XXIV - 2015

Time on the ocean gives Norwegian sailor Knut Frostad space to think


PUBLISHED : Wednesday, 18 November, 2015, 5:18pm
UPDATED : Wednesday, 02 December, 2015, 12:17pm

Norwegian sailor Knut Frostad could have been a musician. However, he fell in love with sailing when he was a child. "Actually, it was only when I discovered windsurfing that I absolutely fell in love with sailing," he recalls. "It was the feeling of having the wind in your hands."

He sailed smaller boats and windsurfers in the Olympics, and it wasn't until the '90s that he started following the ups and downs of the round-the-world Volvo Ocean Race. "I could see it could be an amazing adventure, and I was lucky enough to be selected."

He has been involved in the historic race as crew four times (1993-94, 1997-98, 2001-02 and 2005-6), skippering twice. He was chief executive for the 2008-09, 2011-12 and 2014-15 races. "I have spent 22 years in the Volvo Ocean Race," he says. "The race has shaped my life."

And that's a life that takes a dramatically primitive yet adventurous direction when on board. "What makes the Volvo Ocean Race unique is that you sacrifice everything that normal human beings are trying to achieve. You sacrifice comfort, good food, a nice bed, nice clothing, clean showers, your friends and family, everything you do in your social life. 

"What makes this particularly fascinating is that your relationship to time takes a very different direction too. On land most people in the Western world have everything they need; the only thing they don't have is time. On the ocean when you are racing, you have nothing; the only thing you do have is time. You are completely in tune with mother nature. If the wind dies in the middle of the ocean, your journey will take longer and you accept that. You have to be patient when sailing. I think this relationship with time is a very healthy one.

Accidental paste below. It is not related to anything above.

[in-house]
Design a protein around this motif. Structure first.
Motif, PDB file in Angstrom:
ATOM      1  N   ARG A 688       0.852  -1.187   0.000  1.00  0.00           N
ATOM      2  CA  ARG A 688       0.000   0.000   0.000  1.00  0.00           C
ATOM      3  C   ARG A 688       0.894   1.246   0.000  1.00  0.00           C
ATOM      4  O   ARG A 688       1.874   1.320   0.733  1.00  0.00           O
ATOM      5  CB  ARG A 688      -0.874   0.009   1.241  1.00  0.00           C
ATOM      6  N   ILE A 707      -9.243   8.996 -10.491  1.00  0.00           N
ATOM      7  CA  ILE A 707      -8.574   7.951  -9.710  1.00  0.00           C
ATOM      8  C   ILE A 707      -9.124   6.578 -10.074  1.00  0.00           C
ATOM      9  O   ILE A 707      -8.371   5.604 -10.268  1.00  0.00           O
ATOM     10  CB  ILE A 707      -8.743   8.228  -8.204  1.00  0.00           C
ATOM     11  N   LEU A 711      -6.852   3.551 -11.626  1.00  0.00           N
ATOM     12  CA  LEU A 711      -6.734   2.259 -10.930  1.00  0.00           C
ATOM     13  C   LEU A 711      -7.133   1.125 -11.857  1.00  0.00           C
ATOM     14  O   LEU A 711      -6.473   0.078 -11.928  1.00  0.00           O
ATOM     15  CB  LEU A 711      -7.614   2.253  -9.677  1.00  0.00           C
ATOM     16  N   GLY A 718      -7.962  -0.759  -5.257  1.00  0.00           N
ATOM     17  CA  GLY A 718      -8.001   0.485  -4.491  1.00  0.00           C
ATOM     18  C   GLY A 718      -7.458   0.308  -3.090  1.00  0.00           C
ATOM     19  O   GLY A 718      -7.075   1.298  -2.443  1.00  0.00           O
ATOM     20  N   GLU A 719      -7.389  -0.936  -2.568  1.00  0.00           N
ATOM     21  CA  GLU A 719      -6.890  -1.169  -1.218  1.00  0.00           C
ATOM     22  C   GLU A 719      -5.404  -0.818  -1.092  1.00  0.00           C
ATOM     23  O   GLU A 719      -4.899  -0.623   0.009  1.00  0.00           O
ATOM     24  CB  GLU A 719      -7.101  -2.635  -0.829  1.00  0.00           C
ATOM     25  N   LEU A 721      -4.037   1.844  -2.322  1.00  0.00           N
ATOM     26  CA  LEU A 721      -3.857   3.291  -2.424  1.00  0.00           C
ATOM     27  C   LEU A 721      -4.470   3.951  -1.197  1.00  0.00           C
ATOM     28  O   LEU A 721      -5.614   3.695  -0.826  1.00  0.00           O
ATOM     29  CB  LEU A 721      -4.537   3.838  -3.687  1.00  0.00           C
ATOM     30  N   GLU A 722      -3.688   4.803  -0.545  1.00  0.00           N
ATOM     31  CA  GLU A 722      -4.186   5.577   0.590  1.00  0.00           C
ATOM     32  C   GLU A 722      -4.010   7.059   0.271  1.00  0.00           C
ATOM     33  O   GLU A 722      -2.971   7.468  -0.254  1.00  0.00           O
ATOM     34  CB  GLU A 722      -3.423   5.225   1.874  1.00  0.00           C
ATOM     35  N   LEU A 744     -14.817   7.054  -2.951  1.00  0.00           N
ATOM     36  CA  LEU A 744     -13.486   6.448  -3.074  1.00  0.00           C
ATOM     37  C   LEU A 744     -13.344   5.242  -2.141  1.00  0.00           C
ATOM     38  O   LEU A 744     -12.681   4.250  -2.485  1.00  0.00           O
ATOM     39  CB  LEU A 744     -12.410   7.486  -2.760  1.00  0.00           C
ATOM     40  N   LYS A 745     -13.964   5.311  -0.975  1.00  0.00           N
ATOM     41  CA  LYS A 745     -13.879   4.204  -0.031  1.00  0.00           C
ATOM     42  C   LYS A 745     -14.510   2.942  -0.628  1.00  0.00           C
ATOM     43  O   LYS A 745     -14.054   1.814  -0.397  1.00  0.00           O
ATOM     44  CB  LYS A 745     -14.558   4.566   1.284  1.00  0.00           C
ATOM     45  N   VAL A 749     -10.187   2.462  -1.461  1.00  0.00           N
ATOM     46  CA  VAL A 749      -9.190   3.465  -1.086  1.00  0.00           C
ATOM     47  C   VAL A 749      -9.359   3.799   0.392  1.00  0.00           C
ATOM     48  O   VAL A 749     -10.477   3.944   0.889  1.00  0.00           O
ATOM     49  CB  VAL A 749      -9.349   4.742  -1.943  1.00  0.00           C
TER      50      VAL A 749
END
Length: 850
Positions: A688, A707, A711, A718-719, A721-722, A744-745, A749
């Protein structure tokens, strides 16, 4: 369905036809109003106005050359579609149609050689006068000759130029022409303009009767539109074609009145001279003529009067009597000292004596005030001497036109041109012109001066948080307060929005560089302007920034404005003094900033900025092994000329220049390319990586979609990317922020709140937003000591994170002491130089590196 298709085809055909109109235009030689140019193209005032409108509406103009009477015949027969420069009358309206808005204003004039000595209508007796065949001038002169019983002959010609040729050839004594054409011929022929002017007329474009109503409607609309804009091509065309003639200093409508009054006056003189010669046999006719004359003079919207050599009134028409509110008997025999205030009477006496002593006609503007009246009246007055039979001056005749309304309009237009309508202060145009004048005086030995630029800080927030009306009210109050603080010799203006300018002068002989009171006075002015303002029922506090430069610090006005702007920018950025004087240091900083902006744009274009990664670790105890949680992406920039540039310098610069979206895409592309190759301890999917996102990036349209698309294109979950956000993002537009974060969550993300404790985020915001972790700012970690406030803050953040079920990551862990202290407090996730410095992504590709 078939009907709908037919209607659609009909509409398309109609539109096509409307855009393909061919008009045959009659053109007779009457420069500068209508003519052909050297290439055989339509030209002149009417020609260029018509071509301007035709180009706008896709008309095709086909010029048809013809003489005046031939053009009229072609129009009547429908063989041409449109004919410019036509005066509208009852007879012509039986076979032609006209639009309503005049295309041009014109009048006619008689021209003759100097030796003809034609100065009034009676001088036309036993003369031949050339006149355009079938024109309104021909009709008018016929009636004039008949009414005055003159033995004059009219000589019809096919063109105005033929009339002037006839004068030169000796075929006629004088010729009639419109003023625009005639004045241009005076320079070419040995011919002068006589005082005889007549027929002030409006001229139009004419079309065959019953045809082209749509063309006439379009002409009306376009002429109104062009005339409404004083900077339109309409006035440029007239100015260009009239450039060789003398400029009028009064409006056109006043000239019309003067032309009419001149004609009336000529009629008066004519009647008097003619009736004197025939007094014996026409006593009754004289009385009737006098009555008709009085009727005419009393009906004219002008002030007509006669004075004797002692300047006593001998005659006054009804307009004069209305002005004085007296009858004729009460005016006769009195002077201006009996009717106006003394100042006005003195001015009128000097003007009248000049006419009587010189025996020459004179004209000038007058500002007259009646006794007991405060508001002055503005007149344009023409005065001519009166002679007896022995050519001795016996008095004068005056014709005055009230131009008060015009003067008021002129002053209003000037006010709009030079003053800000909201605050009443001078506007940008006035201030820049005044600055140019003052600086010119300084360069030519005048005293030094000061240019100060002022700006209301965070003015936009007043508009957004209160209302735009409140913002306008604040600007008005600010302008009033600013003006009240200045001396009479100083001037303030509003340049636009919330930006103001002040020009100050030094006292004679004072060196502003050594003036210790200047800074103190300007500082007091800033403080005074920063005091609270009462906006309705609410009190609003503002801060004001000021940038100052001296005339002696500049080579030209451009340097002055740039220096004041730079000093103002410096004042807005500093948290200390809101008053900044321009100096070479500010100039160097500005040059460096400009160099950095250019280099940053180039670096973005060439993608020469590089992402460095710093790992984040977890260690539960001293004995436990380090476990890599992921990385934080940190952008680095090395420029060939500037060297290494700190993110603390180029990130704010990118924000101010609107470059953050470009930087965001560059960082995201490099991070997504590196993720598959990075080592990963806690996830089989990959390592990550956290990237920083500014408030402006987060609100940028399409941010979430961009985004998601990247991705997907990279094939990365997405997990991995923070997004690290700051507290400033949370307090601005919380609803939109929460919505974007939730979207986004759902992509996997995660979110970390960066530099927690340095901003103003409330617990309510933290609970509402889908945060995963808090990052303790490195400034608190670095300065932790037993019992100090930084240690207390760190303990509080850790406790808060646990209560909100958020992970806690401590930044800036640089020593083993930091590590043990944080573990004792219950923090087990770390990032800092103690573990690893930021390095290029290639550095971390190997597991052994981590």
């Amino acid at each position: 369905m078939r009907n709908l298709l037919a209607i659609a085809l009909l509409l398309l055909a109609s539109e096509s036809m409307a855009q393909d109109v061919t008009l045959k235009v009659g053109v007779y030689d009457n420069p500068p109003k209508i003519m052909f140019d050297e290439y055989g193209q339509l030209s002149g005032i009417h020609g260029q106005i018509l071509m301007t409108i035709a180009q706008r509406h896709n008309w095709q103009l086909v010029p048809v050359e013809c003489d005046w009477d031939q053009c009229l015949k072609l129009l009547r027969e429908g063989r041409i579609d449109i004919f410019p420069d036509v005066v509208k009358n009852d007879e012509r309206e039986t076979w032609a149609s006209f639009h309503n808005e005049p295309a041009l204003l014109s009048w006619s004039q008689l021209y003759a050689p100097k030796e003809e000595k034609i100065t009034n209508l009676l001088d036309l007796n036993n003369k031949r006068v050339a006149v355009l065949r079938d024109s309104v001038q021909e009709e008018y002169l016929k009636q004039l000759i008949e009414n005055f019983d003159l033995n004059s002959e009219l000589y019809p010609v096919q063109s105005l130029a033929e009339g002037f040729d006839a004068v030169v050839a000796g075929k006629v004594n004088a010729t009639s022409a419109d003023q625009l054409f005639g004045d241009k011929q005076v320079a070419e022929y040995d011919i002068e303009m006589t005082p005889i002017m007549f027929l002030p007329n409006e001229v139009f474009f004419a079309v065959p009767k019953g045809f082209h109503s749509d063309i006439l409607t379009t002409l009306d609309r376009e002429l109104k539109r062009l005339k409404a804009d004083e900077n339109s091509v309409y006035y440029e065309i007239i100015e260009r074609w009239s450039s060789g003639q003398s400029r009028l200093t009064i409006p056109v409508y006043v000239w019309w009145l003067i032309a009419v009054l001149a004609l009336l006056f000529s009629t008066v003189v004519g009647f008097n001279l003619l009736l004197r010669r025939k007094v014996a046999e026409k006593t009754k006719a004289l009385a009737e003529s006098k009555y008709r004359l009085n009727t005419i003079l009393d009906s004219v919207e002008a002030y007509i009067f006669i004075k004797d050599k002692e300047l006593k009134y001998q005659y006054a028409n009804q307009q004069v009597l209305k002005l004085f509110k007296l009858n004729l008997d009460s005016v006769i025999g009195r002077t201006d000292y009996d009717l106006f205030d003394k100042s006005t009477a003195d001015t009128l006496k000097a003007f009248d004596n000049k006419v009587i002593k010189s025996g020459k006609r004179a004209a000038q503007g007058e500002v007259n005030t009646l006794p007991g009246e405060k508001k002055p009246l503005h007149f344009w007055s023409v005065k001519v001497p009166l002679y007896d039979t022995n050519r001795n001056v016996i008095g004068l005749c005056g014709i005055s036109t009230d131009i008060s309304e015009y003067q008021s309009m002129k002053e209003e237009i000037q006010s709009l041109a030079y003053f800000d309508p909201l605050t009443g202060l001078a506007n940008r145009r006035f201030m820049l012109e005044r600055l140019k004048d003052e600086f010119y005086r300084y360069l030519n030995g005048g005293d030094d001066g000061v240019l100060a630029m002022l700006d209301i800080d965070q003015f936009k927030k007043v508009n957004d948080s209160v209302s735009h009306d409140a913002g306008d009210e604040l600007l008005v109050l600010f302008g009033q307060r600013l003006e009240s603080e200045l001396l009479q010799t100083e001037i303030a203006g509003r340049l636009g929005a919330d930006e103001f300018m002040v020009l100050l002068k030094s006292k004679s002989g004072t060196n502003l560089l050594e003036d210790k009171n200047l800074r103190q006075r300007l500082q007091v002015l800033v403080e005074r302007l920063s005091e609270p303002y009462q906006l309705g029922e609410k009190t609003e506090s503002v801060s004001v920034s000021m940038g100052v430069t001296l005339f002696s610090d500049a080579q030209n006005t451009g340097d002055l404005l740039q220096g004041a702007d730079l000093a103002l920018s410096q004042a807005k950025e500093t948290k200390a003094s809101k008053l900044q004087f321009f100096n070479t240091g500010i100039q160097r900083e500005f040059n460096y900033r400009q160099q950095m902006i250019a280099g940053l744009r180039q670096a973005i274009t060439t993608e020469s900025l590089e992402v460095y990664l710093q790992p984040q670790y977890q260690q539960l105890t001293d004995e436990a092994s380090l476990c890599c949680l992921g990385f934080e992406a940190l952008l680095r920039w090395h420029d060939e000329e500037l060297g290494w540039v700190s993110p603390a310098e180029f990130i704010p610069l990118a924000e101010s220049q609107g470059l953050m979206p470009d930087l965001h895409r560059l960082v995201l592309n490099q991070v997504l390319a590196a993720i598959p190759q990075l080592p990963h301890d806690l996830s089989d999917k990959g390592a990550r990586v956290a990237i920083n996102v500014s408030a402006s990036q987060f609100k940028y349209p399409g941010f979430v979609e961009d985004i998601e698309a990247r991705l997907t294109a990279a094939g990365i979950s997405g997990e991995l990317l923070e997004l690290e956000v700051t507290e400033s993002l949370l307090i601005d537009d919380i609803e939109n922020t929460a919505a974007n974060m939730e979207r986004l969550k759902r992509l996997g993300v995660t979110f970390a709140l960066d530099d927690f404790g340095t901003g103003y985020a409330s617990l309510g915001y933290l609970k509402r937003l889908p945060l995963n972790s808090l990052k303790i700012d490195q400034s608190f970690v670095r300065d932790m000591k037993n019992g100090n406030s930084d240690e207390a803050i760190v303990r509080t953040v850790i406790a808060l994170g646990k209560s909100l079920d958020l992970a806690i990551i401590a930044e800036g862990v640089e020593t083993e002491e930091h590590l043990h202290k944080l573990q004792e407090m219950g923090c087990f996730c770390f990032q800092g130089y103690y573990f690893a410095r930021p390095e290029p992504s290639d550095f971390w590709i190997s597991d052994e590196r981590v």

"One of the things I really loved was that on the boat you can be driving and trimming while in your head you have amazing time to think. I remember nights that were crystal clear, the sky full of stars. There was time to reflect and realise, 'this is amazing, what I'm seeing'."

He was very happy with the success of the 2014-15 Volvo Ocean Race. "We had record numbers across the whole thing and we started in a difficult place during the financial crisis. We had some really interesting new developments too. The Chinese team did very well for the first time, which has opened the door to new angles on the sport. We had an all-female team, which hadn't happened for many years, and we had amazing stories coming off the boats from the on-board reporters."

In these days of social media, reporting is key and, as time and technology progress, this race benefits perhaps more than any other, he reckons. "You can't watch the race as it happens out in the ocean, so satellite technology and the use of smaller and smaller devices to cover the race make a huge impact for us."

His most recent work for the race involved negotiating with potential stopover cities for the next edition. "Asia and China are high on the list, including Hong Kong," says 48-year-old Frostad, who is stepping down as chief executive at the end of this year so that he can spend more time with his family. 

Frostad is hoping for up to 10 teams for the 2017-18 race. IWC Schaffhausen is also in discussions about sponsorship and Frostad particularly appreciates the company's passion for adventure and ocean preservation, both key aspects of the race. "I'm racing against other sports for sponsorship financially, but IWC knows there are no other races that go around the world and push it to extremes like we do."

Working mostly on land these days, Frostad is still intensely competitive, pushing time to achieve the maximum. "If they could control time, most people would like to stop it or slow it down to pack as much in as possible. A lot of us would like to run back in time," he says. "I'd probably turn time back to when I was 30. If I chose my life again, I wouldn't choose differently, but I would like a couple of lives. I wouldn't have minded being a musician, but you can't do everything - you can't have five lives at the same time." CN

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